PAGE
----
This article is about the state during the British Raj. For the natural and historical region, see
Jodhpur State was a princely state in the Marwar region during the British Raj. Its capital was the city of Jodhpur since 1450.
Covering an area of 90,554 km
2 (34,963 sq mi), Jodhpur State was the largest state under the Rajputana Agency. Its last ruler signed the accession to join the Indian Union on 7 April 1949 and the state was formally dissolved on 1 November 1956. [1 ]
History [ edit ]
The Rulers of the
Indian Princely State of Jodhpur were of an ancient dynasty established in the 8th century. However, the dynasty's fortunes were made by Rao Jodha, first of the rulers of the Rathore dynasty in Jodhpur in 1459.
The state was incorporated into the
Mughal Empire during the reign of the Emperor Akbar. During the late 17th century it was under the strict control of the Emperor Aurangzeb, but the ruling house of Rathore was allowed to remain semi-autonomous in their territory. The British had no role in the state's affairs until the 1830s, when the Raja at that time, Man Singh, entered into a subsidiary alliance, after which the Rajas of Marwar (or Jodhpur) continued as rulers of a princely state. Their reign continued until Maharaja Sir Hanwant Singh acceded his state to the new Dominion of India following Indian independence in 1947. [2 ]
House of Rathore (1250–1459) [ edit ]
House of Rathore (1459–1947) at Jodhpur [ edit ]
Maharaja Jai Singh of Amber and Maharaja Gaj Singh of Marwar - Folio from the Amber Album, circa 1630 Painting
Heads of the Rathore Clan 1947–1952 [ edit ]
Maharaja Shri Gaj Singh II (13 January 1948–) r. 26 January 1952–. eldest son of Maharaja Shri Hanwant Singh
Rao Raja Hukum Singh [Tutu Bana Jodhpur] Second son of Maharaja Shri Hanwant Singh (mother name Zubaida ), born 1952 to 1980
Rao Raja Parikshit Singh (son of Rao Raja Hukum Singh Tutu Banna)
Rajkumari Jayanandini Kumari, (daughter of Rao Raja Hukum Singh Tutu Banna) married Kunwar Vikramaditya Singh of Palaitha-Kotah.
[3 ] [4 ]
Present Line of Succession [ edit ]
The House of Rathore follows
male primogeniture by the sons of Rajput mothers only.
Yuvraj Shivraj Singh of Jodhpur (b. 1975). Son of the present Maharaja. 2.
Maharaj Shri RK Yashwant Singh (b. 1953). Grandson of HH Maharaja Umaid Singh by his second son Lt.col Maharaj Dhiraj Himmat Singh known as, Bichla BaapJi. 3.
Maharaj Shri RK Rajendra Singh (b. 1954). Grandson of HH Maharaja Umaid Singh by his second son Lt.col Maharaj Dhiraj Himmat Singh known as, Bichla BaapJi. 3..
Maharaj Shri Dalip Singh (b. 1937). Youngest son of Maharaja Umaid Singh. 4.
Rajkumar Shri Vir Vikram Singh (b. 1967). Only son of Dalip Singh. 5.
Bhanwar Shri Aditya Singh (b. 1996). Only son of Vir Vikram Singh. 6.
Maharaj Shri Shobagh Singh (b. 1928). Grandson of Maharaja Sardar Singh through his youngest son "Maharajadhiraja Shri Sir Ajit Singh (1907–1978). 7.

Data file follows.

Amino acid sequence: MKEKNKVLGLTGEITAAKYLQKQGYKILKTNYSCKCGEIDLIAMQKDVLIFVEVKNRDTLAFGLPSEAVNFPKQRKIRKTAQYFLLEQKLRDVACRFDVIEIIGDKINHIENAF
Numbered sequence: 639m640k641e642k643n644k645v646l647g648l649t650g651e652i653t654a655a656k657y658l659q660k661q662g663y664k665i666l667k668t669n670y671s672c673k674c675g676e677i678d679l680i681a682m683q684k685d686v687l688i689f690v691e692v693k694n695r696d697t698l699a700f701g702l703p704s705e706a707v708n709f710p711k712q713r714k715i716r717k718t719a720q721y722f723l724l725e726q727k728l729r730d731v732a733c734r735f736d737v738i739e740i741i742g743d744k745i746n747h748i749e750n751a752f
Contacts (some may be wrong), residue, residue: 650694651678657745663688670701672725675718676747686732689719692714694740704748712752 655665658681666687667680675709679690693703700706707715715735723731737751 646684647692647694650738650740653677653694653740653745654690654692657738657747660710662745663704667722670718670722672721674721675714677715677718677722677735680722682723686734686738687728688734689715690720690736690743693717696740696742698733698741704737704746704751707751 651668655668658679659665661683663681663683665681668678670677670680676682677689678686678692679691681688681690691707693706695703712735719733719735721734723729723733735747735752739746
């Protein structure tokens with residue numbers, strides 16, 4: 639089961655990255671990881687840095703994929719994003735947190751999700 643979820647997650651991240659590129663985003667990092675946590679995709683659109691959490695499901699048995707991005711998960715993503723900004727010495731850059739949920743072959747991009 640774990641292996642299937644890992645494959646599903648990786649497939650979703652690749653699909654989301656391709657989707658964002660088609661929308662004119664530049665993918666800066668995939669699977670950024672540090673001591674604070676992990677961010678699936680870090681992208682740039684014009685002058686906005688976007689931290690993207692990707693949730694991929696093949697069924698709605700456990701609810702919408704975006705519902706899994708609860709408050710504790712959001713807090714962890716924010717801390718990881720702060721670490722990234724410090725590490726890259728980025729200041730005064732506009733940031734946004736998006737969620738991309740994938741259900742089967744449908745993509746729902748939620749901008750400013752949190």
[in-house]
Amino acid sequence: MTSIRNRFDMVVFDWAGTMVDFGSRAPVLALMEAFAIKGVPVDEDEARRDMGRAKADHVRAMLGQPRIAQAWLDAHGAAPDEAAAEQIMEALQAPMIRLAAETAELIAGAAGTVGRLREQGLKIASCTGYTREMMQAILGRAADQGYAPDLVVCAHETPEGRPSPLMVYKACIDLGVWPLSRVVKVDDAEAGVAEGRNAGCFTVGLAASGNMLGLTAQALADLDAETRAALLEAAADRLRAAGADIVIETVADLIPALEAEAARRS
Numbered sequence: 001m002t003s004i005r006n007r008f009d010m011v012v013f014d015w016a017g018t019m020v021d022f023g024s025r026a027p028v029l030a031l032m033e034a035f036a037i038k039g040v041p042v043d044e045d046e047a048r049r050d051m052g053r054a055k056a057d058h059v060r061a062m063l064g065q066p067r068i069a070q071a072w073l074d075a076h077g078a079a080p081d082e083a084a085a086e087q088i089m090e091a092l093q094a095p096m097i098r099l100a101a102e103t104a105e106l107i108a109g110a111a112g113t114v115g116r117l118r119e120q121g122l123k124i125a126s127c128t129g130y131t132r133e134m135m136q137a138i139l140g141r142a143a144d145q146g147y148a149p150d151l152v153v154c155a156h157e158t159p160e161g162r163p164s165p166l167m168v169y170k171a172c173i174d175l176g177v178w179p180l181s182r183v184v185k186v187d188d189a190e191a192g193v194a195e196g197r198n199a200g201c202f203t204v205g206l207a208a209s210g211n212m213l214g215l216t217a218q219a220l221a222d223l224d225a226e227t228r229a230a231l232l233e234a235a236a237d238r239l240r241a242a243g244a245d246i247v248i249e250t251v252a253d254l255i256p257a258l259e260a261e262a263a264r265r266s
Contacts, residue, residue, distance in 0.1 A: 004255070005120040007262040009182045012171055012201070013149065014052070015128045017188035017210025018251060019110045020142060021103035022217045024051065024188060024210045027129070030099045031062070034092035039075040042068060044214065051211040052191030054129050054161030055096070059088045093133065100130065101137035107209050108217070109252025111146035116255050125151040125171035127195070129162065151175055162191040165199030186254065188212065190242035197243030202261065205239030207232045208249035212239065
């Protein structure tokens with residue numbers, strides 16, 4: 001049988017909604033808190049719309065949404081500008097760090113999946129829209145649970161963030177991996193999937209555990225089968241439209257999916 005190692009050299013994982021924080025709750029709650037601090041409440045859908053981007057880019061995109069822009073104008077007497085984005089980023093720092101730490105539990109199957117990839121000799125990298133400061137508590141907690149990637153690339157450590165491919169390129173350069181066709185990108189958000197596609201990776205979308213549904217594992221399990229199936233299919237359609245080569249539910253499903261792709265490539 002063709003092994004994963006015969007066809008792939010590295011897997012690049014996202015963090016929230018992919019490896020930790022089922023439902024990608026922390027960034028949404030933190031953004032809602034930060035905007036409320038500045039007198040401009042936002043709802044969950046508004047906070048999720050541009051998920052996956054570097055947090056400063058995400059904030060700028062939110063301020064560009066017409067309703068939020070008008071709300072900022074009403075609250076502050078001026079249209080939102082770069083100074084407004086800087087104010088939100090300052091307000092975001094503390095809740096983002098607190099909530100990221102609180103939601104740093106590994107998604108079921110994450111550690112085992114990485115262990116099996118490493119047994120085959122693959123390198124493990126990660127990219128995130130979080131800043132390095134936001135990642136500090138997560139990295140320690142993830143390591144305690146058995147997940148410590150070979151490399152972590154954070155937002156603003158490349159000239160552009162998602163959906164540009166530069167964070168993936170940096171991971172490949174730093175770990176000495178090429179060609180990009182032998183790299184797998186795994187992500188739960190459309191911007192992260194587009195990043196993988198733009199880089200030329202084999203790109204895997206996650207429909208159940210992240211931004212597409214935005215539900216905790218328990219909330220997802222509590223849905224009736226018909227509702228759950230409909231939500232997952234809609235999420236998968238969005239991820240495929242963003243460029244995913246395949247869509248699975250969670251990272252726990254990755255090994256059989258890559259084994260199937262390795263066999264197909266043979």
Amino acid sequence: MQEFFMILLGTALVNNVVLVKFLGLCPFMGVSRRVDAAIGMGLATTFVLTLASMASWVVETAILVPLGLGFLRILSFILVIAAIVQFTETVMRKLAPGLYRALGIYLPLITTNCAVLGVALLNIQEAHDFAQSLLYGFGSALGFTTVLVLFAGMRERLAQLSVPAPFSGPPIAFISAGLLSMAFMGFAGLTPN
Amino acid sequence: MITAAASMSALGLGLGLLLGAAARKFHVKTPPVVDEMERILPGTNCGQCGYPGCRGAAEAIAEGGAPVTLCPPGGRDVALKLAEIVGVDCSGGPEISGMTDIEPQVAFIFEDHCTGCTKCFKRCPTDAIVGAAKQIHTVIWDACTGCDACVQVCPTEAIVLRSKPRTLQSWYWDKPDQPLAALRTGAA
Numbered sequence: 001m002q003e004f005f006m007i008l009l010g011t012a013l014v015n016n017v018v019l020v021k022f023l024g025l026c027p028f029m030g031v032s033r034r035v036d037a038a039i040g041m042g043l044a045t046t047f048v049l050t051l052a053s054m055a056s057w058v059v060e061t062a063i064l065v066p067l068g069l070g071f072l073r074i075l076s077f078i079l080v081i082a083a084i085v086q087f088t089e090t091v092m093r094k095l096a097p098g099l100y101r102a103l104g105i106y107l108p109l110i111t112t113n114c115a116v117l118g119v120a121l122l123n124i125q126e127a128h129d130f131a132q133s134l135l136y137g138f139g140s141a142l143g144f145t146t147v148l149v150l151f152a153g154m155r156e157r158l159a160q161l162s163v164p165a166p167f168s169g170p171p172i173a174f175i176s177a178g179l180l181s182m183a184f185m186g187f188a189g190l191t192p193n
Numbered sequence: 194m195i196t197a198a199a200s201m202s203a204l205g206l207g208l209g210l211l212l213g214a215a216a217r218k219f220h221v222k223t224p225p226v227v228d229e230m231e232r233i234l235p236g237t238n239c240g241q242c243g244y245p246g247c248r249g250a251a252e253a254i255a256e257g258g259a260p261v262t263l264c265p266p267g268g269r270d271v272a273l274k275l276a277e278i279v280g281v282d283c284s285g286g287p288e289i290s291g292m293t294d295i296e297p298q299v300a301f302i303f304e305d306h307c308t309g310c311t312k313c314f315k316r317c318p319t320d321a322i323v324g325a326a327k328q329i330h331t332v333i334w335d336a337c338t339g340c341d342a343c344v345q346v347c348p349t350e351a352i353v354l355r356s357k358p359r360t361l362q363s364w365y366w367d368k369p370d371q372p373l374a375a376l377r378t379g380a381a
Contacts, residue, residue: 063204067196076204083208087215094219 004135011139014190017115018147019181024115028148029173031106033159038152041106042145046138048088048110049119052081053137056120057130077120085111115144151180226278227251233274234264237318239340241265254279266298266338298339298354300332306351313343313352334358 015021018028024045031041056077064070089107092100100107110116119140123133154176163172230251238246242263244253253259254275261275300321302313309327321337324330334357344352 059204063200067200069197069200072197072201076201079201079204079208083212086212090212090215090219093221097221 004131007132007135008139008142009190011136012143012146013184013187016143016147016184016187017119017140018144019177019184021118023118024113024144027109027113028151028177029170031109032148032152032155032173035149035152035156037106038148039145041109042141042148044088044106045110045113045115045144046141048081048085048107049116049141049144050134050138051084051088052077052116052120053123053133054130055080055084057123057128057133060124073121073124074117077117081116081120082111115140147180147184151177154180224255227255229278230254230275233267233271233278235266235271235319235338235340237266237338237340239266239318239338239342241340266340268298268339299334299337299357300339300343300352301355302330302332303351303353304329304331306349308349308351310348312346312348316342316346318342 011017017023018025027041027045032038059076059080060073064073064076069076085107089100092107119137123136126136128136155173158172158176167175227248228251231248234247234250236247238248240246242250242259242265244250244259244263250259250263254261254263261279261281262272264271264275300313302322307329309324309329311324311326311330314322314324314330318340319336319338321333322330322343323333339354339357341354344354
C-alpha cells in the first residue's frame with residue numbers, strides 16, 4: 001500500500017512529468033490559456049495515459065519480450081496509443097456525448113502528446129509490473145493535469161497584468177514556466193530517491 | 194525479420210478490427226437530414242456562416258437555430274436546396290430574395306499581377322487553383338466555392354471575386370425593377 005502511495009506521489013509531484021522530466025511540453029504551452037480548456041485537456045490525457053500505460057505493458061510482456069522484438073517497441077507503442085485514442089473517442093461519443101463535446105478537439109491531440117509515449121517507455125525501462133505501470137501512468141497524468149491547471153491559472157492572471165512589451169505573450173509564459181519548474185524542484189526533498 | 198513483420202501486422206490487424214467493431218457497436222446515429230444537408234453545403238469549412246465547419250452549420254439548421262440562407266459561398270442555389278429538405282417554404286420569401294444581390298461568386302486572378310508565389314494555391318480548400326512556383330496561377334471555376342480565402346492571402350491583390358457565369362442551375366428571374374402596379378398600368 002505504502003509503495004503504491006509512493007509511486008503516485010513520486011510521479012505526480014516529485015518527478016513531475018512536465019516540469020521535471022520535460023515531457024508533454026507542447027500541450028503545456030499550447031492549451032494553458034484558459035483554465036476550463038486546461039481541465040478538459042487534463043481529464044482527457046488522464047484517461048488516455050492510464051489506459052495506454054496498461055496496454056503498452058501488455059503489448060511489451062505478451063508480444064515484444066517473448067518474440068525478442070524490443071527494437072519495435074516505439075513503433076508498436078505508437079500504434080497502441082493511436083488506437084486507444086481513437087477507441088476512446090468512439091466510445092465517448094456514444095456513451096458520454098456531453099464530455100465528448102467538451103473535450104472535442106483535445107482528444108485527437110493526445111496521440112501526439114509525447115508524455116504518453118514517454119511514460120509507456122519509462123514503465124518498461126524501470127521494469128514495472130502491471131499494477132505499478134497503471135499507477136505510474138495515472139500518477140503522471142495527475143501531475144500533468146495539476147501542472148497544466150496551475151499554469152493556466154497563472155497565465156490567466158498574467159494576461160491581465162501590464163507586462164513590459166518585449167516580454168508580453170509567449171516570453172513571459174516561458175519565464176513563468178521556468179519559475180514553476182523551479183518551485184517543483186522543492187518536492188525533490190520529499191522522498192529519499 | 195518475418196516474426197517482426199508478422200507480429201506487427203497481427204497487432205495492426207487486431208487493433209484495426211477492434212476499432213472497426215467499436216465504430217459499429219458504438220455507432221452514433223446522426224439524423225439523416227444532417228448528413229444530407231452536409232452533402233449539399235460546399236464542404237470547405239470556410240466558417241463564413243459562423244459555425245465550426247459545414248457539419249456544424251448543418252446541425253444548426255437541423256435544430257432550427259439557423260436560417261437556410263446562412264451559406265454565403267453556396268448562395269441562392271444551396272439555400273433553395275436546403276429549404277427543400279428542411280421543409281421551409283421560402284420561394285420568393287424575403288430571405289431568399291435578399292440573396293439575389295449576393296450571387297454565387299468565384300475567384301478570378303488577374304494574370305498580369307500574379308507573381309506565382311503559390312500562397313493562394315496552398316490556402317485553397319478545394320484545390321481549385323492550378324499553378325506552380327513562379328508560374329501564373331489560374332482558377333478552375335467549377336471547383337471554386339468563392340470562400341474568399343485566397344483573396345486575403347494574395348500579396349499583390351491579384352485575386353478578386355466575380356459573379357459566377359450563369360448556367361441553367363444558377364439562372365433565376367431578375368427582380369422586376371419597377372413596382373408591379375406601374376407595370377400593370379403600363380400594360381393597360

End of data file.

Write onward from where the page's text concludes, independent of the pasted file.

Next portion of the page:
Rajkumar Shri Ranvijay Singh (b. 1959). Elder son of Shobagh Singh. 8.
Bhanwar Shri Abhay Singh (b. 1996). Only son of Ranvijay Singh. 9.
Rajkumar Shri Karanvijay Singh (b. 1966). Younger son of Shobagh Singh. 10.
Bhanwar Shri Janmejay Singh (b. 1998). Elder son of Karanvijay Singh. 11.
Bhanwar Shri Kartikeya Singh (b. 2010). Second son of Karanvijay Singh. 12.
Maharaj Shri Raghavendra Rathore (b. 1967). Son of Maharaj Shri Swaroop Singh (1933–2003), the younger brother of Shobagh Singh. 13.
Rajkumar Shri Amar Singh (b. 2004).Son of Raghavendra Rathore. 14.
Maharaj Shri Suryaveer Singh Rathore.(b. 1972). Younger brother of Raghavendra Rathore. 15.
Rajkumar Shri Samarvir Singh.(b. 2001). Elder son of Mh. Suryaveer Singh Rathore. 16.
Rajkumar Shri Hanut Singh.(b. 2007). Younger son of Mh. Suryaveer Singh Rathore.
[5 ] [6 ]
Thikanas [ edit ]
Jiliya or Abhaypura was a Princely Thikana of the State of Jodhpur.
See also [ edit ]
References [ edit ]
Jodhpur, Published by [s.l.], 1933.
Maharaja Man Singh of Jodhpur and His Times (1803–1843 A.D.), by Padmaja Sharma. Published by Shiva Lal Agarwala, 1972.
The Administration of Jodhpur State, 1800–1947 A.D., by Nirmala M. Upadhyaya. International Publishers, 1973.
Marwar under Jaswant Singh, (1658–1678): Jodhpur hukumat ri bahi, by Satish Chandra, Raghubir Sinh, Ghanshyam Datt Sharma. Published by Meenakshi Prakashan, 1976.
Jodhpur, Bikaner, Jaisalmer: Desert Kingdoms, by Kishore Singh, Karoki Lewis. Lustre Press Ltd. 1992.
The House of Marwar: The Story of Jodhpur, by Dhananajaya Singh. Lotus Collection, Roli Books, 1994. ISBN 81-7436-002-6.
Modern Indian Kingship: Tradition, Legitimacy & Power in Jodhpur, by Marzia Balzani. Published by James Currey Limited, 2003. ISBN 0-85255-931-3.
Jodhpur and the Later Mughals, AD 1707–1752, by R. S. Sangwan. Published by Pragati Publications, 2006.
External links [ edit ]
Coordinates: 26°28′N 73°02′E / 26.467°N 73.033°E